Sunday, February 10, 2019
TKC MUST READ!!! NEW KCI DEAL 'RESIDUAL COST AGREEMENT' THREATENS TO RUIN KANSAS CITY AIR TRAVEL AND SEND COSTS SKYROCKETING!!!
Special thanks to AWESOME KANSAS CITY INSIDERS who have once again blessed our blog community with detailed analysis, insight and EXCLUSIVE INFO on the horrific new KCI deal and how it impacts this town and anyone who dares to travel using the proposed new facility.
To wit . . .
TKC BLOG COMMUNITY EXCLUSIVE NEWS!!! THE NEW KCI DEAL DECIMATES THE CURRENT FINANCIAL STRUCTURE OF THE AIRPORT AND REPLACES IT WITH A SKETCHY CORPORATE SCHEME!!!
Mayor Sly has always favored privatization but this latest deal sells out KCMO voters and taxpayers in historic fashion.
Here's the word . . .
KCI: Another Promise to Voters Betrayed
The big promise of the new airport was no tax dollars in the deal. That’s now a punch line. But you may remember another promise: We will still own the airport. Not really. KCI is owned by KCMO, meaning it belongs to Kansas Citians. The airport is managed, in theory, to prevent the public from being taken advantage of by air carriers charging exorbitant prices or outright fixing of ticket prices. The is not a baseless concern. Airlines have recently settled lawsuits against them for tens-of -millions of dollars when they were charged with ticket price fixing. They were accused of doing this by manipulating access to the airport gates and other facilities they control at various airports.
The risk is losing control of the KCI in all but name, creating a situation ripe for fleecing passengers. How could this happen? A thing called a Residual Cost Agreement with the airlines, which is what the airport is now proposing. Under this type of agreement, the airlines agree to pick up all KCI operating expenses, including about four billion dollars of bond payments. In return, airlines get control of gates, certain passenger fees, baggage systems and other operating arrangements that effectively put them in control of the airport. For ponying up this money, they also agree to contracts that expire in only five to nine years, although bond payments go on for 35 years. This not how the airport is operating now. The current system is a Compensatory Cost Agreement in which airlines basically pay for what they use but don’t get broad operational control of the airport.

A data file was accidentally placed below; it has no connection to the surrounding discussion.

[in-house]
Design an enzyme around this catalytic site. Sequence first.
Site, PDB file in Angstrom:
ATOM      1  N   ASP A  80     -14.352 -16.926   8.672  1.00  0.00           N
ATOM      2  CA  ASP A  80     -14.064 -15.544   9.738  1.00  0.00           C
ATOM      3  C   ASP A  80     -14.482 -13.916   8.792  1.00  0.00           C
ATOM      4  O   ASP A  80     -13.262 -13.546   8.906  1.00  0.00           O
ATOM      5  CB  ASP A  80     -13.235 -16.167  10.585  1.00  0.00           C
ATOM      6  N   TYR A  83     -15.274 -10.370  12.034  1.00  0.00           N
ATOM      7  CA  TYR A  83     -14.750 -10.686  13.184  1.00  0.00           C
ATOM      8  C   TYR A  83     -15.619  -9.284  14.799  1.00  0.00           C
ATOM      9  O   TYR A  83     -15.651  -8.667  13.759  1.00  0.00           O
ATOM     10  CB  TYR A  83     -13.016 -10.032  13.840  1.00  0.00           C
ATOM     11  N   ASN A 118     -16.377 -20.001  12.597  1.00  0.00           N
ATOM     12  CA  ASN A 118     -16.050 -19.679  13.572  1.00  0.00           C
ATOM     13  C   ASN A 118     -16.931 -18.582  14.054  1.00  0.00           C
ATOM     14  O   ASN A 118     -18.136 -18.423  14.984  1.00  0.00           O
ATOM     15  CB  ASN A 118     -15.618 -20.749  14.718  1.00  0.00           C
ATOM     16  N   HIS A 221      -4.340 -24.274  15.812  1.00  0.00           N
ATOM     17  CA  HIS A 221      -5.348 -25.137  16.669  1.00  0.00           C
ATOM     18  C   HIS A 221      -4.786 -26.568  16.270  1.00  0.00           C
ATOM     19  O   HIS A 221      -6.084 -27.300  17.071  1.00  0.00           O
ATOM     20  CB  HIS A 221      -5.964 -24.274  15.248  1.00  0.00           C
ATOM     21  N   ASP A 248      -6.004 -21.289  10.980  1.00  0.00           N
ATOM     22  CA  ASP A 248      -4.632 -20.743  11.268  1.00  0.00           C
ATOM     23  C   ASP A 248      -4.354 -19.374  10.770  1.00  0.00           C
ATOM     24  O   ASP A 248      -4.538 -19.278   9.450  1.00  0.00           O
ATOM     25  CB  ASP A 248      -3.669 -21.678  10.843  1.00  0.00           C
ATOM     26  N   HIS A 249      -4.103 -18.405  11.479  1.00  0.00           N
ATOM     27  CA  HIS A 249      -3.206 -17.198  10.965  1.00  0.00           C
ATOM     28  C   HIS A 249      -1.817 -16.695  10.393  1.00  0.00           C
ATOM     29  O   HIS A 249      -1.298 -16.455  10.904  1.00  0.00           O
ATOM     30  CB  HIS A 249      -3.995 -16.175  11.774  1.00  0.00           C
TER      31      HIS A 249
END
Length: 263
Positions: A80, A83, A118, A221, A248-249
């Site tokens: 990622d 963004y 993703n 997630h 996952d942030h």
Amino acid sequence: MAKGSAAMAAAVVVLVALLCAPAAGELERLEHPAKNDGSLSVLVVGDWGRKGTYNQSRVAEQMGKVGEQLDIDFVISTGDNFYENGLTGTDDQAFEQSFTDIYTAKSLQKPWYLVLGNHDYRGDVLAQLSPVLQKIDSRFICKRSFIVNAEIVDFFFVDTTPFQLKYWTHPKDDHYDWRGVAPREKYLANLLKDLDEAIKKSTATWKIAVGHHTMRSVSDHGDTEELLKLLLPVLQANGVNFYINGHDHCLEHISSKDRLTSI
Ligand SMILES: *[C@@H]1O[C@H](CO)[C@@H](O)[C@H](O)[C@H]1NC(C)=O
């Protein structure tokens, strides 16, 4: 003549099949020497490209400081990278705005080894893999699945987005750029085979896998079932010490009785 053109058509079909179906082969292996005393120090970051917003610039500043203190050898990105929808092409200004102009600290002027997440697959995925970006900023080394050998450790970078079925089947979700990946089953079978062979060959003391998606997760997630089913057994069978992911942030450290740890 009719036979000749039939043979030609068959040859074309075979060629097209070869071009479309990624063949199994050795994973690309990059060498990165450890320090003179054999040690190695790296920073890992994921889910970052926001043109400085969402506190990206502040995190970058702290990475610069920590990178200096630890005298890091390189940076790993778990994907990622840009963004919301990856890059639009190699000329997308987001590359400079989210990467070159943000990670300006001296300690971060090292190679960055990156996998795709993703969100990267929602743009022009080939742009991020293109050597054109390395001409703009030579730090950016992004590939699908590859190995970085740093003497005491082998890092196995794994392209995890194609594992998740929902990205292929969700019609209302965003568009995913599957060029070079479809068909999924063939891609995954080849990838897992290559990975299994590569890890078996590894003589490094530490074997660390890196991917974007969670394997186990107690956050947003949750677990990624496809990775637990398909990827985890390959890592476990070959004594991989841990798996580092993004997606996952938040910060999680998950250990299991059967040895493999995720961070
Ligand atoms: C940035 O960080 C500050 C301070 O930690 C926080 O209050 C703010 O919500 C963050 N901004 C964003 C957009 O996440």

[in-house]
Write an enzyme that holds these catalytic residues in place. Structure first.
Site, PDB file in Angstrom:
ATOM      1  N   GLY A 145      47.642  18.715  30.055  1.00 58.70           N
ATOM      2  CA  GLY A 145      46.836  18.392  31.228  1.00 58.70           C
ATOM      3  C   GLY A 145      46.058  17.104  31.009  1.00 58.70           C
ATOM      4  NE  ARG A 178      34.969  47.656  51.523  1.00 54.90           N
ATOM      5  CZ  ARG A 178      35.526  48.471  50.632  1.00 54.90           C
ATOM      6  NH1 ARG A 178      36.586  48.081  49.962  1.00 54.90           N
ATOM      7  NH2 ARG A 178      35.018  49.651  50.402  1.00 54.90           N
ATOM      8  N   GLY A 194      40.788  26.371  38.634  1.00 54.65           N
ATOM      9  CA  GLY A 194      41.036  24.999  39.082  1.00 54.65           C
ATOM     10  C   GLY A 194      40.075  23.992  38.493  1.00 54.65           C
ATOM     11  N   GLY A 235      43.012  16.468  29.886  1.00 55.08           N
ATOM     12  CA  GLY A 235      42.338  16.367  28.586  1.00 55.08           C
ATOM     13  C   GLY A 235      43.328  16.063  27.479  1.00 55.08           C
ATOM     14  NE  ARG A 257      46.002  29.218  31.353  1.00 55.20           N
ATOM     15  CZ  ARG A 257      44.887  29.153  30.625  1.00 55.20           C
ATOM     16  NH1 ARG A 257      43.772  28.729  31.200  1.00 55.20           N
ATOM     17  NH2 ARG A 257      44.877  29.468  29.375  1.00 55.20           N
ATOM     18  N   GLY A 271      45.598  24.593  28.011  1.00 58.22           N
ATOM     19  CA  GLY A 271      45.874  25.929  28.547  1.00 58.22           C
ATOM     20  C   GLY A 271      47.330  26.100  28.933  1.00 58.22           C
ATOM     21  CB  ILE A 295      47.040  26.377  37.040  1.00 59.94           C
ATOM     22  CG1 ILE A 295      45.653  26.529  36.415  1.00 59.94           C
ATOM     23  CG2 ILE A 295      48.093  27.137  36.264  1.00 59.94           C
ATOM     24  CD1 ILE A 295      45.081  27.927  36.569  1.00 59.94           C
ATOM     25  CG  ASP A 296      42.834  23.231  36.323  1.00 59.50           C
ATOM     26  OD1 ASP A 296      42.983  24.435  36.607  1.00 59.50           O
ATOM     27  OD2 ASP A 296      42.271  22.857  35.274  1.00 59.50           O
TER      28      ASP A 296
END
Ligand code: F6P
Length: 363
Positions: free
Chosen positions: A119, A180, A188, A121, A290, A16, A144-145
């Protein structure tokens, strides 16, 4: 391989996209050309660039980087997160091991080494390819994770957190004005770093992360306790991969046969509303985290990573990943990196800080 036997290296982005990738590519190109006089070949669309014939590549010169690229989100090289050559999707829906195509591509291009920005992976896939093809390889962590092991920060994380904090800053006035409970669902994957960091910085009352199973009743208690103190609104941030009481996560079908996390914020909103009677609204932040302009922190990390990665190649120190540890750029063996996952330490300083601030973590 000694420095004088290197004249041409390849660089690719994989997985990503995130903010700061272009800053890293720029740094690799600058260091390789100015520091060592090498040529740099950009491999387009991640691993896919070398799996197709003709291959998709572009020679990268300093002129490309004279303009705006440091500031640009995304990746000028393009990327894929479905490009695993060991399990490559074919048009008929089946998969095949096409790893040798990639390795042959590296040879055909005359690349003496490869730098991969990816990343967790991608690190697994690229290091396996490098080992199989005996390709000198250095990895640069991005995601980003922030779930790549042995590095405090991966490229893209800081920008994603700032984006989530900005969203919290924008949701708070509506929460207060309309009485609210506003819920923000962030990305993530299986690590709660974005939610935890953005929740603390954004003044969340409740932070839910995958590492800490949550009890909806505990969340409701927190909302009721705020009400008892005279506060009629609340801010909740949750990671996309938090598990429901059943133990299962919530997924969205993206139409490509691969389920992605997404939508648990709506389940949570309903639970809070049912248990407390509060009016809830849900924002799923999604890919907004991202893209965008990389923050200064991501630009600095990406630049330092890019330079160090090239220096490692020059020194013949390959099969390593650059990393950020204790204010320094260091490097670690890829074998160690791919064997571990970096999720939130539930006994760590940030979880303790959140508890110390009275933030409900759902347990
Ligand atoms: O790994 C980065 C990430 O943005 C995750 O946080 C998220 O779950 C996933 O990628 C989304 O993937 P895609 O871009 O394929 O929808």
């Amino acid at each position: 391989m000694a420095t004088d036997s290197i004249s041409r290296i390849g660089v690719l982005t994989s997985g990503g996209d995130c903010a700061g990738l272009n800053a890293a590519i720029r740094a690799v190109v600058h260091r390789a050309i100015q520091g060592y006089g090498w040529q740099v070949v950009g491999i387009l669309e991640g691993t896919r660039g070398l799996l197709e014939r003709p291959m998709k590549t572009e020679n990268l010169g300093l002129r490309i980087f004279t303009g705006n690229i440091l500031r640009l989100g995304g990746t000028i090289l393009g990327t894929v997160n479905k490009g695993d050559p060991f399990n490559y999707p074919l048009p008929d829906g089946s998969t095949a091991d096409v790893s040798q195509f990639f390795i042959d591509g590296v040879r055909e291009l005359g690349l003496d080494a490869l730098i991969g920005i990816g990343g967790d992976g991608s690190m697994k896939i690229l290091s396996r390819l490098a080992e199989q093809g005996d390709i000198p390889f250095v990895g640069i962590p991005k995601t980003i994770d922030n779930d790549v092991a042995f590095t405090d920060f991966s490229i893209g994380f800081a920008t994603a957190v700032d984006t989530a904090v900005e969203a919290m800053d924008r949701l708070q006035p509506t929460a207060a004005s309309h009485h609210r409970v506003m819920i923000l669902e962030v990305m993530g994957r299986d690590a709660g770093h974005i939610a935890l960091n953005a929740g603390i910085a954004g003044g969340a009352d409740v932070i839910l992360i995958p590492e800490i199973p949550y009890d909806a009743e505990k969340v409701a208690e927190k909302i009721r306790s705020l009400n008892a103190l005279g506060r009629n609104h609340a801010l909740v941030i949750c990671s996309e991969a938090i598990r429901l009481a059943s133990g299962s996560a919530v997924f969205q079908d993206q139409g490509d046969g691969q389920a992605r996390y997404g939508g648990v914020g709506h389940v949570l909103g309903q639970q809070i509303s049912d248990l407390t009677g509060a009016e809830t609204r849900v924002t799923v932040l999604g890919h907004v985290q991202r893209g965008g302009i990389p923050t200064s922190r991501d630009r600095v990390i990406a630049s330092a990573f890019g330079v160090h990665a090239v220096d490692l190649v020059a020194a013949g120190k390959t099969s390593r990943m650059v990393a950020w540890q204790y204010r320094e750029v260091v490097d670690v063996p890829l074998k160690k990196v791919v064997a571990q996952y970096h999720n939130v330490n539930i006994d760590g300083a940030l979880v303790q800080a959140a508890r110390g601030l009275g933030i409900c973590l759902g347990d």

The city doesn’t have four billion dollars for a new airport. It’s wooing airlines to pay for it, effectively selling control of the airport to the highest bidder. What’s could happen? “You have to fly the airline that dominates. The airlines that are not dominant in a market almost always only fly you to their respective hubs, the airports THEY dominate. So if you fly them, you end up taking a connecting itinerary almost everywhere you fly.”
“In the past decade, mega-mergers reduced nine large U.S. airlines to four — American, United, Delta and Southwest — with the result that travelers are increasingly finding their home airport dominated by just one or two players.”
You end up being shuttled to the most profitable airports for the airline that issued your ticket, not necessarily the route most cost effective for you. Bottom line? Don’t look for this deal to increase airlines competition or lower the costs of flying. Another promise to voters betrayed.
Developing . . .